Donor Advised Funds

A donor advised fund (DAF) is a type of charitable giving fund that is established by a donor with an eligible charitable sponsoring organization (i.e. a community foundation) to support a cause (or causes) that the donor cares about. A donor advised fund allows the donor to remain involved and active in charitable giving by retaining “advisory privileges” to recommend how the sponsoring organization should make grants from that fund.

DAFs were legislatively addressed in the Pension Protection Act (PPA) of 2006 and it remains the current law to this day. When the PPA became law, it provided the first legal definition by Congress of a DAF as any fund or account: 1) which is separately identified by reference to the contributions of a donor or donors; 2) which is owned and controlled by the sponsoring organization, like a community foundation; and 3) with respect to which a donor or person appointed by the donor has or reasonably expects to have advisory privileges with respect to investments or distributions. The PPA also laid out basic rules and criteria for making grants from DAFs.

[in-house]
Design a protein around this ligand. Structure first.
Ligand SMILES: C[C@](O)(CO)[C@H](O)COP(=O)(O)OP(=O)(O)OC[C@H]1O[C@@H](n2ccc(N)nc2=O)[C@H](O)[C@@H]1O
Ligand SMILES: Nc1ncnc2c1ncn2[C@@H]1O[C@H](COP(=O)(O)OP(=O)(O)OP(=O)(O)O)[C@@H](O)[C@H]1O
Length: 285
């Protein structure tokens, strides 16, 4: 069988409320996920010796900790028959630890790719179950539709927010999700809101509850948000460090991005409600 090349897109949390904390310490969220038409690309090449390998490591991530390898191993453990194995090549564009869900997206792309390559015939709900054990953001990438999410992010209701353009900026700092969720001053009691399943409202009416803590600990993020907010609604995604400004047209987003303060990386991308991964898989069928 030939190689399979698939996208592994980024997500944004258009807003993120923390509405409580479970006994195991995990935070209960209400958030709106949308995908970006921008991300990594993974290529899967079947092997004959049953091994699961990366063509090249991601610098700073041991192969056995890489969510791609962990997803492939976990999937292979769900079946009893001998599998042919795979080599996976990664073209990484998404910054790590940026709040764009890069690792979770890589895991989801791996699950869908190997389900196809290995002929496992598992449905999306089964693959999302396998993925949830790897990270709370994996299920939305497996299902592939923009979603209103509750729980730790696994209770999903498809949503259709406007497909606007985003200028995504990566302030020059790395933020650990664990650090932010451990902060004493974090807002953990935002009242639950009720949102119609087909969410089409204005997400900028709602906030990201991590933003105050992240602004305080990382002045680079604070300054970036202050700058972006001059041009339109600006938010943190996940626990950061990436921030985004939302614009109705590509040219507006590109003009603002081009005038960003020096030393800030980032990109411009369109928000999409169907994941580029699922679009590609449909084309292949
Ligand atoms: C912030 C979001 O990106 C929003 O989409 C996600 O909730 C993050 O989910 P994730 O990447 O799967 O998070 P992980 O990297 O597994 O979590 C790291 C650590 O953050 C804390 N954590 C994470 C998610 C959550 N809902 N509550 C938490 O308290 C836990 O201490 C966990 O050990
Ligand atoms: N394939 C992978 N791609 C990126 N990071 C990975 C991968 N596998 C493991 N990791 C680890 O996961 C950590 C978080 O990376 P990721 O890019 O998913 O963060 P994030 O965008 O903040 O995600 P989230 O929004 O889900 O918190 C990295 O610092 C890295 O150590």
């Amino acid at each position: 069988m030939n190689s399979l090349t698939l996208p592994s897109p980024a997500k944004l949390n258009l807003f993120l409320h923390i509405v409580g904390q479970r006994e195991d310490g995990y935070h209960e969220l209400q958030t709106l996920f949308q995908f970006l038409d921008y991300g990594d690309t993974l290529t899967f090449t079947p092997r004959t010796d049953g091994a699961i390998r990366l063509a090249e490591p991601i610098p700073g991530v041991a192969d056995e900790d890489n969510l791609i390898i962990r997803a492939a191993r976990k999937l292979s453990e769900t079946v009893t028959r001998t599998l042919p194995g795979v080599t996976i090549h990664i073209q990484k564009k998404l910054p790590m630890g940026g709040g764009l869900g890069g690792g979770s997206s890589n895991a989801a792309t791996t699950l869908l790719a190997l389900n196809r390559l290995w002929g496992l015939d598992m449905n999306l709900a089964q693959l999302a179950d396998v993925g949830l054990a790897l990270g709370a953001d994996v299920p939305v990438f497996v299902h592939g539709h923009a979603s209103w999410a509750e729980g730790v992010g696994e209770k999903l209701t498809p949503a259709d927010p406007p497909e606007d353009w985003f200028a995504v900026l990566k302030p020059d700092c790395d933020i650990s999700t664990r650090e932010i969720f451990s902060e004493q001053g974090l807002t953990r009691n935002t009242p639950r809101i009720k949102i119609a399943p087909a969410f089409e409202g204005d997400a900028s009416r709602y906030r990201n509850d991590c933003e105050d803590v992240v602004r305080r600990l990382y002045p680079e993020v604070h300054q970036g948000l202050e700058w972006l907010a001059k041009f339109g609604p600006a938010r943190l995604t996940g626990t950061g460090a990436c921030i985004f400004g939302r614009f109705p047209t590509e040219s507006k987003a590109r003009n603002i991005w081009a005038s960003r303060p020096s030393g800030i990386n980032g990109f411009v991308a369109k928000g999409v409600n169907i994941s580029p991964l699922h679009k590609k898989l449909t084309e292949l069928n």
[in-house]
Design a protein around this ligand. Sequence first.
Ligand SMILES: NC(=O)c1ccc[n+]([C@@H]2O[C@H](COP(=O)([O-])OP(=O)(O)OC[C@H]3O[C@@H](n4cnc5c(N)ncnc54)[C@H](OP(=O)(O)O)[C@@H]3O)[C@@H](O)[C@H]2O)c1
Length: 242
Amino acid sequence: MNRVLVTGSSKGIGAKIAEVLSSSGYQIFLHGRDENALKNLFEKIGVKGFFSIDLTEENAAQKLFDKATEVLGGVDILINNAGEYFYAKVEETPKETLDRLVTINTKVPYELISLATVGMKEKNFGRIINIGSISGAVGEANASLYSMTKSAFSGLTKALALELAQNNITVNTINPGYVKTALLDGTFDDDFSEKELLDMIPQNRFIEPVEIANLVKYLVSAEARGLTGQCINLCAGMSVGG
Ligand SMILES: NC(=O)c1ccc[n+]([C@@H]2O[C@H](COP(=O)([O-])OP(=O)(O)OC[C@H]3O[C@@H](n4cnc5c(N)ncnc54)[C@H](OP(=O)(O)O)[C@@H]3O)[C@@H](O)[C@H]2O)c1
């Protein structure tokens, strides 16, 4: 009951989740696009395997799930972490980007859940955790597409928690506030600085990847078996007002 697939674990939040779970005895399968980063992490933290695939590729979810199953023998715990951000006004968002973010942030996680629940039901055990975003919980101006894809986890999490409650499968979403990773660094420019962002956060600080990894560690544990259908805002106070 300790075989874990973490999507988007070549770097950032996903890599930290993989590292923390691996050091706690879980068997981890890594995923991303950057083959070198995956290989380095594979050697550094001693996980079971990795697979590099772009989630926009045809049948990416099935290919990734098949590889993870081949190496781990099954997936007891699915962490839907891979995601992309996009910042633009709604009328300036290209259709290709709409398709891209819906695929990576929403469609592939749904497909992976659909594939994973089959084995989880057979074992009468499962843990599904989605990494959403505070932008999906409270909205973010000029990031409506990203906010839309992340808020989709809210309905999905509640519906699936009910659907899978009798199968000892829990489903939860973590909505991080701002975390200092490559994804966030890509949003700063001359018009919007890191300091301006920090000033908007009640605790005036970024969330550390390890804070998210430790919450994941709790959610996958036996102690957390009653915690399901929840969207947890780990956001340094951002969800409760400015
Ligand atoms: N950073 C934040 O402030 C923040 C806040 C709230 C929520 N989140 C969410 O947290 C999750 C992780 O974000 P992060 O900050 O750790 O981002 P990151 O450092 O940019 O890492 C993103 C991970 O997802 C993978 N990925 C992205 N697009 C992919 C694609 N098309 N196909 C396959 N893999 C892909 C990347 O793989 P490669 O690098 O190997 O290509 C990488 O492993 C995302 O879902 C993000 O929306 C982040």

The Council strongly opposes payout requirements for DAFs. We continue to highlight the enthusiasm of the majority of community foundations to voluntarily institute strict operating policies and preserve the highest degree of integrity and excellence by engaging in peer-regulation through the National Standards for U.S. Community Foundations® program.

Policy Proposals that Impact DAFs:

Council Issue Paper:

The Council Takes Action:

Council Colleagues Speak Out:

Promoting the Value of DAFs for Your Community:

Studies and Research:

Other Resources: